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Effects of Metarhizium anisopliae on Meccus pallidipennis (Hemiptera: Reduviidae) over different types of wall surfaces

Murillo-Alonso, Karla Tatiana, Hernández-Velázquez, Victor Manuel, Salazar-Schettino, Paz María, Cabrera-Bravo, Margarita, Toriello, Conchita
Biocontrol science and technology 2019 v.29 no.5 pp. 466-477
Chagas disease, Metarhizium anisopliae, Triatominae, bioassays, bricks, conidia, disease control, emulsifiers, entomopathogenic fungi, insect diseases, insects, instars, laboratory experimentation, mortality, mountain soils, nymphs, vegetable oil, virulence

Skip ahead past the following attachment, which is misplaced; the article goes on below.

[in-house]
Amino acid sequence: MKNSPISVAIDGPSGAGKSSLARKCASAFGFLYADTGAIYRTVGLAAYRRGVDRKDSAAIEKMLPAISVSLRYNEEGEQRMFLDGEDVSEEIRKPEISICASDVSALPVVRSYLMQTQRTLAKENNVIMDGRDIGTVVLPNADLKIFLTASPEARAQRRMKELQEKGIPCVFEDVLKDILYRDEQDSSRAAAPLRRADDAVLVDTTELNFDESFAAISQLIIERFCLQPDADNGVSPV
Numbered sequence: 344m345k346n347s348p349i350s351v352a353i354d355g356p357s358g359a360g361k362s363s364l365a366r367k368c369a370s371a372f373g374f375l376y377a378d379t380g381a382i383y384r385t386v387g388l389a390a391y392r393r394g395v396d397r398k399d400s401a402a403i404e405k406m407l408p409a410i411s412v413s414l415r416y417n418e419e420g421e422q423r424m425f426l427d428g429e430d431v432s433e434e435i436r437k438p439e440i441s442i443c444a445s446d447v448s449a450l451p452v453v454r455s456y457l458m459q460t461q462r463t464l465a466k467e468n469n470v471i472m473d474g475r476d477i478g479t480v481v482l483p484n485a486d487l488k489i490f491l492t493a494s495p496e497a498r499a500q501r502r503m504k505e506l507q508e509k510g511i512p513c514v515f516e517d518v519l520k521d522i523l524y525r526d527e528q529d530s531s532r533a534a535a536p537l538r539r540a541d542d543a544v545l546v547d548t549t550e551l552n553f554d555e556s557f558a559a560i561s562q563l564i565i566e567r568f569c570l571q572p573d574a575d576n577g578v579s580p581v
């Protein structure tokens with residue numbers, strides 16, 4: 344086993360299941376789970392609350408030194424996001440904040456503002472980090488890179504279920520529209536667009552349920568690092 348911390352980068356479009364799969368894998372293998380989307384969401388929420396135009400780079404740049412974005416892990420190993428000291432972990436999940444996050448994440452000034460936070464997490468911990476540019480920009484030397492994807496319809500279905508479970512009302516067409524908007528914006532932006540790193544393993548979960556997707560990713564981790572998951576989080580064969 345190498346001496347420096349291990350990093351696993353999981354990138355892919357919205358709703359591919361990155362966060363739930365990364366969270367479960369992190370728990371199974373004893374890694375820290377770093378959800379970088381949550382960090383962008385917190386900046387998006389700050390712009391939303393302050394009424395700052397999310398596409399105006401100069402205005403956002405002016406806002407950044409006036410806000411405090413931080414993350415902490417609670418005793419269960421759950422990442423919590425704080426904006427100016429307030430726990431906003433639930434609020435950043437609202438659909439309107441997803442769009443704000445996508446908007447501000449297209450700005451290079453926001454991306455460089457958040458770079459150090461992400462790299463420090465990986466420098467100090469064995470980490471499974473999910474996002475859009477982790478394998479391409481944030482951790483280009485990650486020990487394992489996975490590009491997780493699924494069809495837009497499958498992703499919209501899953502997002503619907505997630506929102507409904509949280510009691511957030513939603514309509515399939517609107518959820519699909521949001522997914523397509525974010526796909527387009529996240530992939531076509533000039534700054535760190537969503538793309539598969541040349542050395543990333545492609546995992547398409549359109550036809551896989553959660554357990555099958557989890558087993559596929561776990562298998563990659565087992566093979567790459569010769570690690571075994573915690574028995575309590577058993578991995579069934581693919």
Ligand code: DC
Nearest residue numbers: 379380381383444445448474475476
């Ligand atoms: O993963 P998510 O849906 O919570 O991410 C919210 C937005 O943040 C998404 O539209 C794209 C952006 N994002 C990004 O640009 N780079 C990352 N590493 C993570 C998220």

The entomopathogenic fungus Metarhizium anisopliae is virulent for the insect triatomine Meccus pallidipennis. To evaluate the functionality of a fungal formulation (vegetable oil and emulsifiers) of this fungus, virulence was assayed by insect mortality on the pronotum of third instar nymphs (N3) M. pallidipennis in laboratory conditions and ST₅₀ was calculated. Mortality was evaluated directly: 100%, 97.33% and 98.66% mortalities were caused by formulation, emulsified formulation and fungal conidia, respectively, at day 8 of insect infection. Another bioassay was carried out in simulated external conditions (peridomicility) using red and gray brick walls, a stone fence and mountain soil (experimental units). These simulated conditions were infected with 10 ml of a 1 × 10⁹ conidia/ml emulsified formulation by means of a manual sprinkler prior to the placement of the nymphs. Ten N3 M. pallidipennis were deposited in each experimental unit and insect mortality was monitored every 12 h for 22 days. Each treatment was replicated four times. With the red brick wall, a mortality of 90% at day 22 and a ST₅₀ of 15 days were obtained on N3 M. pallidipennis; with the gray brick wall, 100% mortality and a ST₅₀ of 13 days; and with the stone fence, 88.33% mortality and a ST₅₀ of 21 days. The results obtained in this research work indicate that the formulation with conidia of the M. anisopliae strain EH-473/4 may be auxiliary in the development of strategies for the control of Chagas disease insect transmitters such as M. pallidipennis.